Take the 2-minute tour ×
English Language & Usage Stack Exchange is a question and answer site for linguists, etymologists, and serious English language enthusiasts. It's 100% free, no registration required.

From Flappers to Rappers: American youth slang by Dr. Thomas Dalzell cites "take a powder" as a 1930s expression meaning to run away or to leave. Does anyone have any ideas why taking a powder would mean running away or leaving?

share|improve this question

4 Answers 4

up vote 2 down vote accepted

Phrase take a powder "scram, vanish," is from 1920; it was a common phrase as a doctor's instruction, so perhaps from the notion of taking a laxative medicine or a sleeping powder, with the result that one has to leave in a hurry (or, on another guess, from a magician's magical powder, which made things disappear). Powder blue (1650s) was smelt used in laundering; as a color name from 1894.

share|improve this answer
1  
I believe the doctor angle. Take a powder and lay low was a common expression.. It probably is derivative of take a powder and lay down. –  David M Mar 11 at 12:13

In American usage, the "powder room" is a euphemism for the ladies lavatory, and the phrase "to powder one's nose" indicates the immediate exit of a lady toward this room. Thus, it is to leave, rather quickly, but with discretion, and without further comment. It appeared in movie and gangster novel lingo in the 1920's, meaning to depart hastily, in the interest of discretion (usually to avoid trouble).

See Webster's Third New International Dictionary for usage of "take" at the beginning of a phrase. To "take a walk", "take a stroll", "take a drive", and dozens of others are found here. The colloquial shortening of to "take a powder room break" down to "take a powder" cannot be verified, but all attempts at phrasal etymology admit failure in this case. So, now, I take a powder.

share|improve this answer
    
I’m not from the 1920s. I have always wondered what taking a powder meant; I loved hearing it in the old gangster movies and now I know. I too had believed and accepted it as a slang medical term used by doctors back in the “Good Old Days”, as my father used to say. –  Joseph Harris Aug 30 at 8:44

I have no idea if it's related, but there's a French expression

Prendre la poudre d'escampette

(poudre being the origin of the word powder)

It means more or less the same thing (never heard the English expression though): to flee discreetly, to run away.

share|improve this answer
1  
Since Wiktionary says escampette is only used in this phrase, possibly it comes from the English word scamper, which might mean that the whole expression is from English. On the other hand, one etymology of scamper is from Old French escamper, so possibly the Old French word survived solely in this French expression. –  Peter Shor Mar 11 at 15:31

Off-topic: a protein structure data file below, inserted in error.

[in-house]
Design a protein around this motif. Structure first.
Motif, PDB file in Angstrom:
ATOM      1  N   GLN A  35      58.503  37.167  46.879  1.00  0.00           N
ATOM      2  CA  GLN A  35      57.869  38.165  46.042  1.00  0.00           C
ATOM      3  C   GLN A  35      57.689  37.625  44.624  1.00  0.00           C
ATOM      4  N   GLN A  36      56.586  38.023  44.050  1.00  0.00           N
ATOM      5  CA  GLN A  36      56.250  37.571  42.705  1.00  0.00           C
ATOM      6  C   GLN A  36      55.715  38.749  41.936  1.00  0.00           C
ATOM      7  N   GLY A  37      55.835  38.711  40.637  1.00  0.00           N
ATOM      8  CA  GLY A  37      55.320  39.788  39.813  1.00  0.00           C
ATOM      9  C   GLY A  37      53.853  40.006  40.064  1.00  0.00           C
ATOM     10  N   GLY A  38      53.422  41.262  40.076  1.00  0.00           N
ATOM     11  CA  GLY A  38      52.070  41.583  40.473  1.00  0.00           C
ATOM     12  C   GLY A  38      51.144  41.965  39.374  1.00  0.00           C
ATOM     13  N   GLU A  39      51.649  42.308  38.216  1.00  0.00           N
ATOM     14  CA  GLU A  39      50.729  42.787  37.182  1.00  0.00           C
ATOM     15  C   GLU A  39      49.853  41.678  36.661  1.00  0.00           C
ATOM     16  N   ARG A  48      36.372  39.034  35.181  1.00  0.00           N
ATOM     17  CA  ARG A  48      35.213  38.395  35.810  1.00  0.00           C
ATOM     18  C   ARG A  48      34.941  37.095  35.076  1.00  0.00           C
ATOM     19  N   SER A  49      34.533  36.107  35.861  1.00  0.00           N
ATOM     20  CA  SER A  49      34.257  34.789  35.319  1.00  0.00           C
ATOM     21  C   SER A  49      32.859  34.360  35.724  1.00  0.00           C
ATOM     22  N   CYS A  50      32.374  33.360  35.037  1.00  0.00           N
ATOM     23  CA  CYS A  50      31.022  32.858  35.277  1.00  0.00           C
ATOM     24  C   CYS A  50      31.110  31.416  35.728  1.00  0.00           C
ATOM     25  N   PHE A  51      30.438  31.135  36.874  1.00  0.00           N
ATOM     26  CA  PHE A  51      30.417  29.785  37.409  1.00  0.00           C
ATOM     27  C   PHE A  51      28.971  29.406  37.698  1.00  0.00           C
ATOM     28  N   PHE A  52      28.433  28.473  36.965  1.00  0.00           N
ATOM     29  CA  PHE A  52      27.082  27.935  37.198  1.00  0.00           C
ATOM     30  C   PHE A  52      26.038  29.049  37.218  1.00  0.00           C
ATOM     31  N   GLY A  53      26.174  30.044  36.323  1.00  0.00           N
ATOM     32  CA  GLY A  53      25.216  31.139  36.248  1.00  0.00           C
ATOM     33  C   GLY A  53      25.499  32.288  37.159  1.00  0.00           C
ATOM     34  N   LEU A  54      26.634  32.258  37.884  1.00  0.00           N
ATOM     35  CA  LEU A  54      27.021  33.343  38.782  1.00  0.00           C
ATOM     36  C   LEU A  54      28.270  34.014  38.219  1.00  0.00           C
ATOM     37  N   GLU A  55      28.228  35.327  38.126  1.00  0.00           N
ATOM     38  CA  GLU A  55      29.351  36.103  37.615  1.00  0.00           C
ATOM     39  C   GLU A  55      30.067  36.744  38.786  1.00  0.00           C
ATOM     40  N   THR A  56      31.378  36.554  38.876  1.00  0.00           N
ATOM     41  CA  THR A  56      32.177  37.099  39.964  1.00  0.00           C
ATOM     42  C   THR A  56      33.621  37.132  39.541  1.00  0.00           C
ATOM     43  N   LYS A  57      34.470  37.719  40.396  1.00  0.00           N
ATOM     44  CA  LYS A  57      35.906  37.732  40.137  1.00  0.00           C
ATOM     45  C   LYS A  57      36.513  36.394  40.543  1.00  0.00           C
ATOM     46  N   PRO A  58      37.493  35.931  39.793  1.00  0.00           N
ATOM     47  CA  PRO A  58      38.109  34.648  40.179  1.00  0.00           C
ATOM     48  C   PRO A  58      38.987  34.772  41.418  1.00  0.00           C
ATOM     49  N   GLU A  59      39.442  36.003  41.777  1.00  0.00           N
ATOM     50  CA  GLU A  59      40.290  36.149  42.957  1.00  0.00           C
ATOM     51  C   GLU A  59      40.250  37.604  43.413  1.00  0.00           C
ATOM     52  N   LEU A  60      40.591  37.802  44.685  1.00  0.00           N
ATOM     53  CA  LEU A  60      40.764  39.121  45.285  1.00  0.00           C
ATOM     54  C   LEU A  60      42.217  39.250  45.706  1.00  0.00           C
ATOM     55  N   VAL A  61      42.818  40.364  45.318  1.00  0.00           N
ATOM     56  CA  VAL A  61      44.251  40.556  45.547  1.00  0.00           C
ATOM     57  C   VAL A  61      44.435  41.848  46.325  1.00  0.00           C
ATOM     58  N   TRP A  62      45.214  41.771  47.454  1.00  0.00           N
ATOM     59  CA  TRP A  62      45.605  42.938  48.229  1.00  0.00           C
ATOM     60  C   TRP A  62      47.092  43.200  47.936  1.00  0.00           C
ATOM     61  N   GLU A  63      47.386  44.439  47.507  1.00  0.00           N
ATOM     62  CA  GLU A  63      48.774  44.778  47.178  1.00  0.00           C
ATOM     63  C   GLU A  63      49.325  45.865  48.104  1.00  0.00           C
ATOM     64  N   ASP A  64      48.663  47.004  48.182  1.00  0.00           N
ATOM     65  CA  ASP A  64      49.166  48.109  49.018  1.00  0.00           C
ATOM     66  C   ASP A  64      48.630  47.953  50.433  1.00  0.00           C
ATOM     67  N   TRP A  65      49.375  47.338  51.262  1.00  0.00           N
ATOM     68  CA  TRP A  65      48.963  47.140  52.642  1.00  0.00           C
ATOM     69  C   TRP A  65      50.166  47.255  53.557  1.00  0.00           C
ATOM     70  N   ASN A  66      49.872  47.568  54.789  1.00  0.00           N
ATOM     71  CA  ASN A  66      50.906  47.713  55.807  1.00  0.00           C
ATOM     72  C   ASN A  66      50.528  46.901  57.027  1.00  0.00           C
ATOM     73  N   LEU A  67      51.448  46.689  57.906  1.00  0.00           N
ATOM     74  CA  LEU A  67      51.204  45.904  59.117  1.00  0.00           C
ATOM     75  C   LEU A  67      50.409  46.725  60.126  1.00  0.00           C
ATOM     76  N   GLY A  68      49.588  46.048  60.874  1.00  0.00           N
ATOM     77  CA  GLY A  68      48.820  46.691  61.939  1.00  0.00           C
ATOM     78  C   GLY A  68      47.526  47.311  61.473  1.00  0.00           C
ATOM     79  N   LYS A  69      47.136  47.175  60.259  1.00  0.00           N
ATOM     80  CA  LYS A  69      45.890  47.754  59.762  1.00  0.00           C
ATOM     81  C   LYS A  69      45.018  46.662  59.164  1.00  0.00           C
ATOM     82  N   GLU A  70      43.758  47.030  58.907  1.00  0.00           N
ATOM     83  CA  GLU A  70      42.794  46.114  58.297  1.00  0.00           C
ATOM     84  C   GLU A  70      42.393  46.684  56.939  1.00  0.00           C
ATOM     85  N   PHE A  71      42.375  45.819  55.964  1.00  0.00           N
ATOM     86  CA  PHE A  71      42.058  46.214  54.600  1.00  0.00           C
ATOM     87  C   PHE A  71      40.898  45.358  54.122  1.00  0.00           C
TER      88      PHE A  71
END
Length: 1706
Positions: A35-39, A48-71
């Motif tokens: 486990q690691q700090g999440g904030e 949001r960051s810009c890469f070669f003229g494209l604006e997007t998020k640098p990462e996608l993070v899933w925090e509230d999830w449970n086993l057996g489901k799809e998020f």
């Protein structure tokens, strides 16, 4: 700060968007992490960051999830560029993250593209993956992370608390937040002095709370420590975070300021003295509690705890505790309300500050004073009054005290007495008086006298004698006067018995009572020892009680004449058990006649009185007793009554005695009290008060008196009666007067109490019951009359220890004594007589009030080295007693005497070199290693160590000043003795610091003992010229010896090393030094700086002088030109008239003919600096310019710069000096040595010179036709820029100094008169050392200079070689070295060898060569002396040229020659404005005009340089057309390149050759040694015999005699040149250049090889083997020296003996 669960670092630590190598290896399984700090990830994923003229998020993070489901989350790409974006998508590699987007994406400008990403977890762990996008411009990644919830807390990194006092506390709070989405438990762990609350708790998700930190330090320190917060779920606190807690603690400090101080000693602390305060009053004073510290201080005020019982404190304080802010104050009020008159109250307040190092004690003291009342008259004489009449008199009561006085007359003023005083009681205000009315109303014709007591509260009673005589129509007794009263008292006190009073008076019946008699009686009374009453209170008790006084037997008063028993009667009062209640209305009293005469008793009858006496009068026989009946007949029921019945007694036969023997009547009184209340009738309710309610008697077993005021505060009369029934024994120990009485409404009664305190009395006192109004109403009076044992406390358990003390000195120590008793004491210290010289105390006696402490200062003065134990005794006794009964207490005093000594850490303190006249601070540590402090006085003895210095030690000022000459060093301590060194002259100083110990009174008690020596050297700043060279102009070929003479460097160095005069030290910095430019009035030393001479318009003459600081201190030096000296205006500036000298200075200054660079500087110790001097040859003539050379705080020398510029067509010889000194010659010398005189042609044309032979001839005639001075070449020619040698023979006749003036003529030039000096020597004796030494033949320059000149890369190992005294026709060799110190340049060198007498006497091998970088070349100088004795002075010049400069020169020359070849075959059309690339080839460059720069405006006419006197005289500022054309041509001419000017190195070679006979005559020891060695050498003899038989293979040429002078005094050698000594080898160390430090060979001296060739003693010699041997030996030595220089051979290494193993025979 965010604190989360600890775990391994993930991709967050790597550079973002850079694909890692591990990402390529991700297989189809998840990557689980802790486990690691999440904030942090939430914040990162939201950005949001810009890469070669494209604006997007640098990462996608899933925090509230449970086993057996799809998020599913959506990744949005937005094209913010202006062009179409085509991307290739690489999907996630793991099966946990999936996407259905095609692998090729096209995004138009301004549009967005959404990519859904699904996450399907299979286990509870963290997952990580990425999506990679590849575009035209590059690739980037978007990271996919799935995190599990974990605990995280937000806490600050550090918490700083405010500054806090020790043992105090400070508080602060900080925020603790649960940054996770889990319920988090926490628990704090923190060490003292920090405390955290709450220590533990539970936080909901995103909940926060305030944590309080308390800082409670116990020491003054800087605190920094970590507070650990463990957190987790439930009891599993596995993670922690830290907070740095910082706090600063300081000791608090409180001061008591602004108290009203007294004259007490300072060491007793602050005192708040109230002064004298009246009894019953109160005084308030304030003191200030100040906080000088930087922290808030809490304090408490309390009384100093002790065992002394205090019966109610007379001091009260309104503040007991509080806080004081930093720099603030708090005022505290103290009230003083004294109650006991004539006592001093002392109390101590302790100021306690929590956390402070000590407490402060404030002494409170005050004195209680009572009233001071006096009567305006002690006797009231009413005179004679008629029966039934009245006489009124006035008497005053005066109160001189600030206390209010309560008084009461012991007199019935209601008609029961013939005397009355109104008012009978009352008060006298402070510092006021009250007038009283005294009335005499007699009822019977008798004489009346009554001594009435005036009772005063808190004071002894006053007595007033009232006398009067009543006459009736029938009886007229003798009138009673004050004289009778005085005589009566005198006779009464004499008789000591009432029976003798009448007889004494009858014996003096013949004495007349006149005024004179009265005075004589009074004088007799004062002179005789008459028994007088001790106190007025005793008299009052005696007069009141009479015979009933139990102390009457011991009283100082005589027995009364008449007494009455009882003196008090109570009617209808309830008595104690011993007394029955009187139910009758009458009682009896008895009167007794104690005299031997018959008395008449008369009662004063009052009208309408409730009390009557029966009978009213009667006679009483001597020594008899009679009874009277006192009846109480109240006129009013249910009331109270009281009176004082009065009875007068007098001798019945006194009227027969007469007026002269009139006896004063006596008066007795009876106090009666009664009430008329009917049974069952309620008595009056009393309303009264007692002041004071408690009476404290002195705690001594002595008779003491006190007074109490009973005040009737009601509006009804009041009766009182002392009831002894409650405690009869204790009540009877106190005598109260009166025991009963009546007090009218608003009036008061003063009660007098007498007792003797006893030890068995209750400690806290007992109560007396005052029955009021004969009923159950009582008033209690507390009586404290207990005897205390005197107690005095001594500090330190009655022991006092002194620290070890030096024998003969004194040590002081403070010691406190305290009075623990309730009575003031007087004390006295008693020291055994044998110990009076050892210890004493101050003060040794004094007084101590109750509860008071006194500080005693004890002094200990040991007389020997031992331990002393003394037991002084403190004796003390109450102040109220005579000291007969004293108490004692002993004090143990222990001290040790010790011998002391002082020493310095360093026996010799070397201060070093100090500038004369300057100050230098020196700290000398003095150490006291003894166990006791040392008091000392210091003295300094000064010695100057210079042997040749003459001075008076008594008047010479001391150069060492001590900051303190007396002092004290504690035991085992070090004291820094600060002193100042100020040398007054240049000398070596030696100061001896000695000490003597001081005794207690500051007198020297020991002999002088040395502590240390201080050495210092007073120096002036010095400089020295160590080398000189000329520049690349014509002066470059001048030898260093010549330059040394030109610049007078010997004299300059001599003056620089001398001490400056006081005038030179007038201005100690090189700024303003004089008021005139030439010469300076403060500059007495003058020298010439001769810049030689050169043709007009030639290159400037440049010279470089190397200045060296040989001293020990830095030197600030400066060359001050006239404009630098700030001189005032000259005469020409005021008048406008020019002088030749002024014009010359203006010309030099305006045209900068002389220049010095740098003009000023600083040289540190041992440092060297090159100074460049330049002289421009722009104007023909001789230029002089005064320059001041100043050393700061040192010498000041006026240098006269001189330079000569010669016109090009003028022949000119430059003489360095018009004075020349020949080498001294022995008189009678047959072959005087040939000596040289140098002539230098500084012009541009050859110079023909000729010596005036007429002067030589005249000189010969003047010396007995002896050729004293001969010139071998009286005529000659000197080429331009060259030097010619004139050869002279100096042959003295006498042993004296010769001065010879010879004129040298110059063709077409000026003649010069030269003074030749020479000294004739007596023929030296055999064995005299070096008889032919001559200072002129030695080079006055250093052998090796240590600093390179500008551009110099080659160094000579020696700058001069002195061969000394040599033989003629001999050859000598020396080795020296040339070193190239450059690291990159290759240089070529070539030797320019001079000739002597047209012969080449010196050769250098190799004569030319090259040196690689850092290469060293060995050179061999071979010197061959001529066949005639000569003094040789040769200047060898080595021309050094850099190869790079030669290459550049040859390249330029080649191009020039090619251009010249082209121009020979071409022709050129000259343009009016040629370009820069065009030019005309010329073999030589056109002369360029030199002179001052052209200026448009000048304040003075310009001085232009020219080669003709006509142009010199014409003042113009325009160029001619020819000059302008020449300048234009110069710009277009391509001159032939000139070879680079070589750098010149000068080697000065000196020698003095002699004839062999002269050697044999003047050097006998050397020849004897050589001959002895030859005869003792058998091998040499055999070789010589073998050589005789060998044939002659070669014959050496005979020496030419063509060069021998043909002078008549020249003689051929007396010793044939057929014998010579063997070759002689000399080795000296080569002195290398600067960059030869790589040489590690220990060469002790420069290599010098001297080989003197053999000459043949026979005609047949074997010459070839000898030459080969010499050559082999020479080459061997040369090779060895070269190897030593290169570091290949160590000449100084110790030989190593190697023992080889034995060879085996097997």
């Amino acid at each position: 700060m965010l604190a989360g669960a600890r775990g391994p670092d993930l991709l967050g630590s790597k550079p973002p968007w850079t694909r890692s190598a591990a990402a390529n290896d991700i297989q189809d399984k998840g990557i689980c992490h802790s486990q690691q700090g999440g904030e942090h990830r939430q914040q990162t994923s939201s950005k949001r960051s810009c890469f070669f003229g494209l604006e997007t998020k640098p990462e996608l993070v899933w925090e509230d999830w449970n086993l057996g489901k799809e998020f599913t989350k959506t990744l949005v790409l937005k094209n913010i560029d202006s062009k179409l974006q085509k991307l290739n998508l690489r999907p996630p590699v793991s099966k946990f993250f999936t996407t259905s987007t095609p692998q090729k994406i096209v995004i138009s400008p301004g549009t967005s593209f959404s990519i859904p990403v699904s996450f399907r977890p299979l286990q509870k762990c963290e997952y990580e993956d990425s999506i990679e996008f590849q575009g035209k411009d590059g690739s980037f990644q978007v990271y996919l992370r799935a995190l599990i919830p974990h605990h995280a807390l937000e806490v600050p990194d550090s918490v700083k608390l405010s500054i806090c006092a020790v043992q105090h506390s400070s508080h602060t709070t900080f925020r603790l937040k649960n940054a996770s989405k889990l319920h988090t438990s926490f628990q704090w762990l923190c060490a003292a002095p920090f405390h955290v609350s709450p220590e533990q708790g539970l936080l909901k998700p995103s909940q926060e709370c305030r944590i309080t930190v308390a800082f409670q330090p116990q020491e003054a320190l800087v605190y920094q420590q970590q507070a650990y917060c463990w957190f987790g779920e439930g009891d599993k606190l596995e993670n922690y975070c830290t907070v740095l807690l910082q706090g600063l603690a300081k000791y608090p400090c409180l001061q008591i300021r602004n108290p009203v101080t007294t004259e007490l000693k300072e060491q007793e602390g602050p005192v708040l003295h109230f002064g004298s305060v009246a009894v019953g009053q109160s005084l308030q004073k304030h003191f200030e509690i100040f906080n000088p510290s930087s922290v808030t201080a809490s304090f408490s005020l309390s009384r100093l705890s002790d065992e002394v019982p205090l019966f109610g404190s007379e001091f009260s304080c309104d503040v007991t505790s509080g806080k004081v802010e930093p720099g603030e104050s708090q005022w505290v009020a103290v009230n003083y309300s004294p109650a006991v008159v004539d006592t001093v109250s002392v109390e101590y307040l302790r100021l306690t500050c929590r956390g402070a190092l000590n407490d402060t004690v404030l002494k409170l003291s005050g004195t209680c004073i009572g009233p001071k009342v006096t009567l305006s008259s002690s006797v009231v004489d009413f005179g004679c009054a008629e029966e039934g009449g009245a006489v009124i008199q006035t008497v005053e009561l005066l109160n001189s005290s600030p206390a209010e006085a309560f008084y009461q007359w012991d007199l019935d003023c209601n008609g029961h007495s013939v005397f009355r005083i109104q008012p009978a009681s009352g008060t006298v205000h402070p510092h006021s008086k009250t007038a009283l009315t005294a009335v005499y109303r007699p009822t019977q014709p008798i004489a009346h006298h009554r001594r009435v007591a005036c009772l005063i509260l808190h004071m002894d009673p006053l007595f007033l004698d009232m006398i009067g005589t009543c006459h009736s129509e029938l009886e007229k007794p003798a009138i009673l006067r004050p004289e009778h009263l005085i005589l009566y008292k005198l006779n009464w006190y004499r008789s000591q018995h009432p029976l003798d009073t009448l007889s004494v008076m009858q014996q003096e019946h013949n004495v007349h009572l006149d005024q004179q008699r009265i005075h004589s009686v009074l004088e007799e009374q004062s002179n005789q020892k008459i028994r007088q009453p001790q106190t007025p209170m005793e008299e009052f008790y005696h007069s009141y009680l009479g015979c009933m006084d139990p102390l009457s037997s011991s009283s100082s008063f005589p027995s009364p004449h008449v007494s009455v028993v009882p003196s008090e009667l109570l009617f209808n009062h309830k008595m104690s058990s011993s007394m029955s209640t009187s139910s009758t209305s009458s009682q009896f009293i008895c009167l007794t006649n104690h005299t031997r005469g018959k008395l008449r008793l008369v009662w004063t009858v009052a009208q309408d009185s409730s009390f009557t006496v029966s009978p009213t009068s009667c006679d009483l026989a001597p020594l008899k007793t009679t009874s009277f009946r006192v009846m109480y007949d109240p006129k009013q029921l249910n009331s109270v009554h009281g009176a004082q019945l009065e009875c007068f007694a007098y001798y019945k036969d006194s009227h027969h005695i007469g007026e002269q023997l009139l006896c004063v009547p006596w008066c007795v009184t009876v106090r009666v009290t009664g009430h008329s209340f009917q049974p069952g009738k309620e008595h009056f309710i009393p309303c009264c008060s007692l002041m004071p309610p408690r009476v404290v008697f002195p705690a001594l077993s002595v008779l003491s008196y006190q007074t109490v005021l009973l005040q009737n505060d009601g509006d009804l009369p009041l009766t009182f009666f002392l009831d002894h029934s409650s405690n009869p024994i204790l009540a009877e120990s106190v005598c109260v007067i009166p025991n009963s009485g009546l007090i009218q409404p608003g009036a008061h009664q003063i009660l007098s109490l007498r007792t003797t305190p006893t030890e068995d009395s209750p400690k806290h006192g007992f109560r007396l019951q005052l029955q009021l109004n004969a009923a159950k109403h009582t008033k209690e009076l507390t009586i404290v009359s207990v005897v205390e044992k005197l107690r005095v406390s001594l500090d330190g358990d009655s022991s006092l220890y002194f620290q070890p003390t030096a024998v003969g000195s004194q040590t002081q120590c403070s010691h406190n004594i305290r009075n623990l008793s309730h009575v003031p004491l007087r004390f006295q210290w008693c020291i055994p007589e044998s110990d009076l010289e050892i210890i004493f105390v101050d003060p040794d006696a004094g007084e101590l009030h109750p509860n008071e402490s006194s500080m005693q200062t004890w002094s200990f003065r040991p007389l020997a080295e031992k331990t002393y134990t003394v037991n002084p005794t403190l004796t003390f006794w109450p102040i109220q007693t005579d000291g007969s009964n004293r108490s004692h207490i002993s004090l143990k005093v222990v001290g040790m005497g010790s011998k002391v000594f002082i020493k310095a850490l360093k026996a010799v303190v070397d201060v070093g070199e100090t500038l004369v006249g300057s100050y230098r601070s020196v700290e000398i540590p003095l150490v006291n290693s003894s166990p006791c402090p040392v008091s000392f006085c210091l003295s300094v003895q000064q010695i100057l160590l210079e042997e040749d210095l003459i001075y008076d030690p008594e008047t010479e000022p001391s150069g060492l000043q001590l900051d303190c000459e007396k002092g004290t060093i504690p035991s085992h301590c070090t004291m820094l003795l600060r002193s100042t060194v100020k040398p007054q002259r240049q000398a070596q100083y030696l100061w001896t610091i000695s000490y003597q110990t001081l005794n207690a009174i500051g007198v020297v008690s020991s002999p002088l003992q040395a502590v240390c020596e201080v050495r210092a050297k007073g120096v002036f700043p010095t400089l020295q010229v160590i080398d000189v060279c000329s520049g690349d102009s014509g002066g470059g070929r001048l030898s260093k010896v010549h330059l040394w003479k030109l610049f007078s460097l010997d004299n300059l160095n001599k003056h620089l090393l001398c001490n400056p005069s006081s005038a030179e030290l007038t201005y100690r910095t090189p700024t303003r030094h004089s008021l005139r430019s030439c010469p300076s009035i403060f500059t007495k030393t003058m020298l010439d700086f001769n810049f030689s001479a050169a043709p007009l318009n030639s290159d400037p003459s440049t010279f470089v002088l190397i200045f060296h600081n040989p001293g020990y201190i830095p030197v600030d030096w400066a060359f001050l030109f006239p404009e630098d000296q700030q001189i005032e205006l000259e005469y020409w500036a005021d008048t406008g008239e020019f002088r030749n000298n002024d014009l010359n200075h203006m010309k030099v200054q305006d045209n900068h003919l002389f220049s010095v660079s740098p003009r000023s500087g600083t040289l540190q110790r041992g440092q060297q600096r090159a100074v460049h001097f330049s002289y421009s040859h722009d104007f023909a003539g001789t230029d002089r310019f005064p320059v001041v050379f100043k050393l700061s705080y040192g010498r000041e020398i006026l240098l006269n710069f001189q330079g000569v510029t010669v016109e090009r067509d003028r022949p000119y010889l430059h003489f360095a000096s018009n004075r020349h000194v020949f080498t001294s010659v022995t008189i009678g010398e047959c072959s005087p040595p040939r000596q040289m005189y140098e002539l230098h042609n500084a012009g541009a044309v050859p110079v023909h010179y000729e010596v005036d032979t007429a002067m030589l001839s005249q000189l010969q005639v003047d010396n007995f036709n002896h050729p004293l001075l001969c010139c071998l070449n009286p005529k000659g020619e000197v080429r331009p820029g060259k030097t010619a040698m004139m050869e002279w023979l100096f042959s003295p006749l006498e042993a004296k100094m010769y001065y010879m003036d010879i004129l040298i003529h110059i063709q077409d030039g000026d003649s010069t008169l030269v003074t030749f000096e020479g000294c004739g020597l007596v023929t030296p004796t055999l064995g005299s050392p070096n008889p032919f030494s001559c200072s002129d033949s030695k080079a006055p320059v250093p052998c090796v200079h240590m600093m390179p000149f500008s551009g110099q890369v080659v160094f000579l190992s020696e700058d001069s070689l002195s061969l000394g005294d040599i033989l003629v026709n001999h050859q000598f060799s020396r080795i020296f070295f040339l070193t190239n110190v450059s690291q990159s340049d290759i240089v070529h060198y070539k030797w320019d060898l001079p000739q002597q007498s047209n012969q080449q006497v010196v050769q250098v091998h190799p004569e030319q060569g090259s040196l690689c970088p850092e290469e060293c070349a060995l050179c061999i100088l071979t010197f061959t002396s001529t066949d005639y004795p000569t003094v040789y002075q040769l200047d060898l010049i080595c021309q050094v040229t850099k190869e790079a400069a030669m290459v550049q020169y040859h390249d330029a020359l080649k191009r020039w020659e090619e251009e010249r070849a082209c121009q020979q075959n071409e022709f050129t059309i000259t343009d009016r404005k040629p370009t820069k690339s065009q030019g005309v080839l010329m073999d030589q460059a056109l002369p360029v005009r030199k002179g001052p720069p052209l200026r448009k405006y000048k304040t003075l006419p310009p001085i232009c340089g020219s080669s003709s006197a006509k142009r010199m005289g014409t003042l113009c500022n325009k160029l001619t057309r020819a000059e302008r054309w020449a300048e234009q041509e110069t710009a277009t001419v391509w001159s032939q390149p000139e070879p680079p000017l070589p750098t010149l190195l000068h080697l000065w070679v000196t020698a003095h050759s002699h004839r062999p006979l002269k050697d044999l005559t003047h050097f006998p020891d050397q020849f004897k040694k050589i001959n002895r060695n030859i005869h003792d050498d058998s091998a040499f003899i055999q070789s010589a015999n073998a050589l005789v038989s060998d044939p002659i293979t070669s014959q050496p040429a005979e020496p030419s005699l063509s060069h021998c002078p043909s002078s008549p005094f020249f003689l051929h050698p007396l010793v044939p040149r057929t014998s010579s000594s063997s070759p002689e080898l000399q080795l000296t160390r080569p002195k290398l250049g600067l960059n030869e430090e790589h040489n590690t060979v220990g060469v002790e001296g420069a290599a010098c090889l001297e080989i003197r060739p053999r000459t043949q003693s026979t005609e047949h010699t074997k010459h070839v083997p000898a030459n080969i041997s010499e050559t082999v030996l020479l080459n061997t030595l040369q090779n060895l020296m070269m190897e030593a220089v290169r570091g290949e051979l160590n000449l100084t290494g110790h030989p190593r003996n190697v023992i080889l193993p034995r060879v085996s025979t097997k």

@PeterShor This is getting more and more interesting; ultimately escamper might come from latin campus, the etymology is so twisted that I don't think we can find whether it first occured in French or English. –  Pierre Arlaud Mar 11 at 16:13

Personally, I’ve never heard this expression, so this is all unfamiliar to me.

According to the OED, the origin of the word powder meaning ‘hurry, rush’ is uncertain. It’s not new—the meaning has attestations dating back to around 1600.

They say the following about its etymology:

Perhaps an alteration of pother n. by association with powder n.1 [the regular meaning of ‘powder’, ed.]

Perhaps compare Scots uses of powder n.1 (from the late 18th and early 19th centuries respectively) in the senses ‘energy, force, fire, brains, gumption’ and ‘force or strength behind the delivery of a stone in curling’, both apparently originating from the sense ‘gunpowder’ (see Sc. National Dict. s.v. pouther n., v.).

It seems fairly likely that pother (disturbance, tumult, turmoil, commotion, fuss, agitation, worry, blather, smoky atmosphere) would be associated with, and eventually mixed up with, powder in some of the senses: it can be hard, if we assume a sense like “shooting off like gunpowder, with lots of noise and commotion, yet associated with something smoky and powdery”, to place exactly whether that is related to pother or powder, or just both.

Interestingly, the OED has no citations at all of the expression take a powder, only of the older expression (hurry off) in/with a powder. Then again, the most recent citation is from 1898, so that is perhaps not wholly unexpected, if take a powder is newer than that.

share|improve this answer
    
The expression tends to be seen in the 1940s AmE crime novels. People would use it to say they were leaving town to avoid something unpleasant. –  David M Mar 11 at 12:15

Your Answer

 
discard

By posting your answer, you agree to the privacy policy and terms of service.

Not the answer you're looking for? Browse other questions tagged or ask your own question.